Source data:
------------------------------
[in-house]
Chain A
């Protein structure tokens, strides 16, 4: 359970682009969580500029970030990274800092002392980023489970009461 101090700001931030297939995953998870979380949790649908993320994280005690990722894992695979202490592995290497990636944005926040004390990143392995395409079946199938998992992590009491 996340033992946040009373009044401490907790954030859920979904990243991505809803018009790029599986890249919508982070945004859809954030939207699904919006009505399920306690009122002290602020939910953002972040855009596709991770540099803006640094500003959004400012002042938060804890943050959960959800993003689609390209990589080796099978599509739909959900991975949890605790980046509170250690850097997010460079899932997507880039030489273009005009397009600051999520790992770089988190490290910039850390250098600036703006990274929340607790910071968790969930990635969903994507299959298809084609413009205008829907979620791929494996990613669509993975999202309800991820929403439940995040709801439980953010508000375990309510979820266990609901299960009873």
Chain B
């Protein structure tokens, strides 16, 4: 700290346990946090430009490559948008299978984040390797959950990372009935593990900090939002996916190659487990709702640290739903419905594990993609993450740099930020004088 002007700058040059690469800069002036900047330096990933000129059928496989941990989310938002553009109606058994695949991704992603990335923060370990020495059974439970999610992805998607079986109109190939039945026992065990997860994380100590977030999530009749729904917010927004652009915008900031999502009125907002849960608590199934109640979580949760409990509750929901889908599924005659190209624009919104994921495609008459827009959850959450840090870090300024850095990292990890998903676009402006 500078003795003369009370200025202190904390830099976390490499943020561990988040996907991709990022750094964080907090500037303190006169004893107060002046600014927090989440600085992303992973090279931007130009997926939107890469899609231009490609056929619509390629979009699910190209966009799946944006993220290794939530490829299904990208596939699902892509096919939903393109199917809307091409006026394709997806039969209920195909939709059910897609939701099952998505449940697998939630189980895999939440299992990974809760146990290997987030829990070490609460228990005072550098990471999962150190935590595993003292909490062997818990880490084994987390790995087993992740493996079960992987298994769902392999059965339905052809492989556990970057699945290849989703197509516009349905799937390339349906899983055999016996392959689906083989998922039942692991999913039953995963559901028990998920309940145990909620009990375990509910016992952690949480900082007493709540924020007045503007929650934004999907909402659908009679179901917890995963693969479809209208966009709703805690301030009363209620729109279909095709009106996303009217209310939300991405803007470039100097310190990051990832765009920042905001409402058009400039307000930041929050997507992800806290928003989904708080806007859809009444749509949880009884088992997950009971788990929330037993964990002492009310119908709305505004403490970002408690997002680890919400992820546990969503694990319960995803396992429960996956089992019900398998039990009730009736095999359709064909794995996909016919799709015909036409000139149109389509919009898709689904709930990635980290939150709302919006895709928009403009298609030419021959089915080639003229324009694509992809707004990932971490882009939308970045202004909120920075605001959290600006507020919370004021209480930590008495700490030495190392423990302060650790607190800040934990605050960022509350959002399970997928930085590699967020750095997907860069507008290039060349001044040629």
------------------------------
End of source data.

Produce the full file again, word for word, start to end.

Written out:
[in-house]
Chain A
């Protein structure tokens, strides 16, 4: 359970682009969580500029970030990274800092002392980023489970009461 101090700001931030297939995953998870979380949790649908993320994280005690990722894992695979202490592995290497990636944005926040004390990143392995395409079946199938998992992590009491 996340033992946040009373009044401490907790954030859920979904990243991505809803018009790029599986890249919508982070945004859809954030939207699904919006009505399920306690009122002290602020939910953002972040855009596709991770540099803006640094500003959004400012002042938060804890943050959960959800993003689609390209990589080796099978599509739909959900991975949890605790980046509170250690850097997010460079899932997507880039030489273009005009397009600051999520790992770089988190490290910039850390250098600036703006990274929340607790910071968790969930990635969903994507299959298809084609413009205008829907979620791929494996990613669509993975999202309800991820929403439940995040709801439980953010508000375990309510979820266990609901299960009873």
Chain B
């Protein structure tokens, strides 16, 4: 700290346990946090430009490559948008299978984040390797959950990372009935593990900090939002996916190659487990709702640290739903419905594990993609993450740099930020004088 002007700058040059690469800069002036900047330096990933000129059928496989941990989310938002553009109606058994695949991704992603990335923060370990020495059974439970999610992805998607079986109109190939039945026992065990997860994380100590977030999530009749729904917010927004652009915008900031999502009125907002849960608590199934109640979580949760409990509750929901889908599924005659190209624009919104994921495609008459827009959850959450840090870090300024850095990292990890998903676009402006 500078003795003369009370200025202190904390830099976390490499943020561990988040996907991709990022750094964080907090500037303190006169004893107060002046600014927090989440600085992303992973090279931007130009997926939107890469899609231009490609056929619509390629979009699910190209966009799946944006993220290794939530490829299904990208596939699902892509096919939903393109199917809307091409006026394709997806039969209920195909939709059910897609939701099952998505449940697998939630189980895999939440299992990974809760146990290997987030829990070490609460228990005072550098990471999962150190935590595993003292909490062997818990880490084994987390790995087993992740493996079960992987298994769902392999059965339905052809492989556990970057699945290849989703197509516009349905799937390339349906899983055999016996392959689906083989998922039942692991999913039953995963559901028990998920309940145990909620009990375990509910016992952690949480900082007493709540924020007045503007929650934004999907909402659908009679179901917890995963693969479809209208966009709703805690301030009363209620729109279909095709009106996303009217209310939300991405803007470039100097310190990051990832765009920042905001409402058009400039307000930041929050997507992800806290928003989904708080806007859809009444749509949880009884088992997950009971788990929330037993964990002492009310119908709305505004403490970002408690997002680890919400992820546990969503694990319960995803396992429960996956089992019900398998039990009730009736095999359709064909794995996909016919799709015909036409000139149109389509919009898709689904709930990635980290939150709302919006895709928009403009298609030419021959089915080639003229324009694509992809707004990932971490882009939308970045202004909120920075605001959290600006507020919370004021209480930590008495700490030495190392423990302060650790607190800040934990605050960022509350959002399970997928930085590699967020750095997907860069507008290039060349001044040629």